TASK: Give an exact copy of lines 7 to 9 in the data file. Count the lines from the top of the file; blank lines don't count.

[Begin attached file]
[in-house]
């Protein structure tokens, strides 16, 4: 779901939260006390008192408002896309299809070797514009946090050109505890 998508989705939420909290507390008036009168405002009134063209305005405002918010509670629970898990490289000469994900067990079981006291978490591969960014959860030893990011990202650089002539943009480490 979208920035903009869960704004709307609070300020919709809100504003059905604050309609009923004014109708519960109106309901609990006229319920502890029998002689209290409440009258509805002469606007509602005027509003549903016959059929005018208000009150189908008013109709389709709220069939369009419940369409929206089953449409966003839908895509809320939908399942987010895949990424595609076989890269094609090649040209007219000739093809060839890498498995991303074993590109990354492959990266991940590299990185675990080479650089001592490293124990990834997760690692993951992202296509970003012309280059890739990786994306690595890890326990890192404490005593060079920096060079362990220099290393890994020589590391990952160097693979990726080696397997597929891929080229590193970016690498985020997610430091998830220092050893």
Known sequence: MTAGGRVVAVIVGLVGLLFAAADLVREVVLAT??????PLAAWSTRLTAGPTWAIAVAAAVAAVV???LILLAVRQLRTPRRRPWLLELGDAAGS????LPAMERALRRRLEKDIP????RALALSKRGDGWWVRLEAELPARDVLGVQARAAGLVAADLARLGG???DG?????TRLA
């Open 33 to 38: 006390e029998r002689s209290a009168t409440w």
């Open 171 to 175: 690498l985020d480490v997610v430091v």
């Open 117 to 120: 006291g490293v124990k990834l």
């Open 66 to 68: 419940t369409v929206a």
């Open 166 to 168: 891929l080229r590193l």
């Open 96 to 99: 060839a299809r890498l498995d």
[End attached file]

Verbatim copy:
């Open 66 to 68: 419940t369409v929206a």
């Open 166 to 168: 891929l080229r590193l």
């Open 96 to 99: 060839a299809r890498l498995d």